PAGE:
Tensions rise world wide as the threat of the trees continue.
Image released the next installment in Warren Ellis’ convoluted creation, Trees #4. Together with artist, Jason Howard, they continue to paint a perplexing portrait of life on earth following an alien infestation. With each issue comes a bit more clarity, but Ellis guards the big picture closely as we take one step closer towards understanding.
Trees #4 opens with Chenglei and Zhen out on the streets. Despite living in this new city for an entire week, Chenglei hasn’t spent much time outside of his bedroom. So, his landlord’s niece, Zhen, takes it upon herself to thrust the hermit into daylight. Chenglei is supposed to be attending an art school, but has yet to show up. As they’re walking, Zhen notices a group of her friends. While she says hello, the reader gets to see some inner workings of young Chenglei. As he’s left alone, Howard illustrates the world around Chenglei becoming a faceless blur. It’s uncertain, to me, if this is a meditative state or an anxiety attack. Either way it is Zhen who disrupts his zen, and decides it is the right time to address the elephant in the room…street. Ellis chose to address the topic of Zhen’s gender head on, making readers like me ashamed that they even questioned it in the first place. It was matter of fact, and we get to watch these words process in Chenglei’s mind and on his face. Just like in life, it can be confusing at first, but ultimately it is their choice to live the way they want to, and it’s just best to accept who’s in front of you and move on. The world would be a better place if more people shared this mentality.
Eventually they make it to the art school, which is illustrated as a wonderful place of creation. Chenglei gets some directions on where he should be, and leaves Zhen at the door. As he makes his way to his sixth floor studio, he passes an assortment of curious contraptions. It’s clear that Chenglei begins to feel more and more comfortable with each person he meets. And when gets up to where the painters are, he’s met with a gorgeous view of the Beijing skyline.
On the next page it’s back to the icy atmosphere of North West Spitzbergen. The team up here is researching weird alien poppy flowers that seem to be coming from the tree near them. Marsh, one of the scientists, is seen examining some fragments of a flower through a microscope. When magnified, the flowers appear to be comprised of metal filaments or wires. Sarah, another one of the scientists, is less intrigued by Marsh’s research. Not due to lack of interest, but due to the flowers adding noise to radios in the area and causing other disruptions. The conversation slowly builds, adding tension with each sentence. By the end of our time in North West Spitzbergen, we see Marsh screaming about how he doesn’t want to feel like his life has lost meaning.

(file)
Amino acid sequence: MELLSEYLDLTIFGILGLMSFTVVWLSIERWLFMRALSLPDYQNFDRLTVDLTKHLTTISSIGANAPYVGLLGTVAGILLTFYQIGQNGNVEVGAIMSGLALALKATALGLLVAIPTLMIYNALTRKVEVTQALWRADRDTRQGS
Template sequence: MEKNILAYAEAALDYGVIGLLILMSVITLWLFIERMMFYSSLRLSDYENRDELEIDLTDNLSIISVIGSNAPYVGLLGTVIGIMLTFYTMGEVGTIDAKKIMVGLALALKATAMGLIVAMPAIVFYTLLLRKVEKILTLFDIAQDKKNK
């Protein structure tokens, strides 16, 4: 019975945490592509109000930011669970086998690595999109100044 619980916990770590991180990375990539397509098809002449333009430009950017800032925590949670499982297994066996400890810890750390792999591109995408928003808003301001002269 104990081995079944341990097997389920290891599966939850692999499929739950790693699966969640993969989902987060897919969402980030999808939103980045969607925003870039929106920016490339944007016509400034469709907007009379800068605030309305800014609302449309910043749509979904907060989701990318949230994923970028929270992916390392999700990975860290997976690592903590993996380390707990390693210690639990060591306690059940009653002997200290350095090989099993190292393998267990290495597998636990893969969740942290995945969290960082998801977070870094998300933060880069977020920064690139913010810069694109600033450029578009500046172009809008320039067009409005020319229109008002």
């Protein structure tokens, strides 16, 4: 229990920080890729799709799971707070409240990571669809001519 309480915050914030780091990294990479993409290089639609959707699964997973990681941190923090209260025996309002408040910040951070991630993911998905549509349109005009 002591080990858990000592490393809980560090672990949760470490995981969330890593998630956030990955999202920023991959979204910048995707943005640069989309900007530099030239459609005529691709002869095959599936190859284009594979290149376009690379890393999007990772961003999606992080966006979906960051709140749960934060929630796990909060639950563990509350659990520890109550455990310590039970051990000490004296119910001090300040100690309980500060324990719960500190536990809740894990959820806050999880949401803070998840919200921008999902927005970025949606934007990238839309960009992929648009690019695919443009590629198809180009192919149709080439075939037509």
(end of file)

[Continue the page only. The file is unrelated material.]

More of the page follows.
Lastly we jump to Paris, France and meet up with Malek Boniche, who we haven’t seen since Somalia in issue #2. Malek is seen cursing his cell phone’s low battery while begrudgingly walking to work. While arguing with his phone’s AI, he gets a call from Chloe at his office. She tells Malek to check the news on his phone, which due to a low battery, he is unable to do at the moment. She presses some buttons and takes off the phone’s governor, allowing him to stream the footage. Malek pokes fun at the big brother like control over his device, but quickly turns his attention to the video that is being displayed. While Malek was in Somalia talking to their President Rahim, he told Malek that he viewed their tree as a strategic stronghold. He further described it as an ideal watchtower to view their pirate neighbors. With the closing of issue four, we see Rahim stay true to his word. Helicopters can be seen flying to the top of the tree, and depositing evil looking weaponized machines that appear capable of firing multiple missiles simultaneously.
Trees #4 is yet another confusing offering from the mind of Warren Ellis. Much like last issue, my main complaint about the story is the limited amount of screen time the trees themselves get. Up until the end of this issue, there’s a chance you could have forgotten they were even there. This could be Ellis’ attempt at reeling his readers in, making them feel part of this world, and so comfortable with the sight of trees that they slip into the background. And again, it’s Howard’s fantastic depiction of this foreign world that makes for such an engaging story. He combines a nice mix of hard edged panels atop borderless landscapes which blend into a pleasing fusion of panel design. I find myself going back to the earlier issues for clarity more with this series than any of the other current series I’m reading. Not to say that this is a bad thing, but due to the complexity of the story, I could see how this would be easier to digest in trade form. Despite that, I am enjoying getting to know a little more about what’s really going on, and anticipate Trees #5 due out September 17.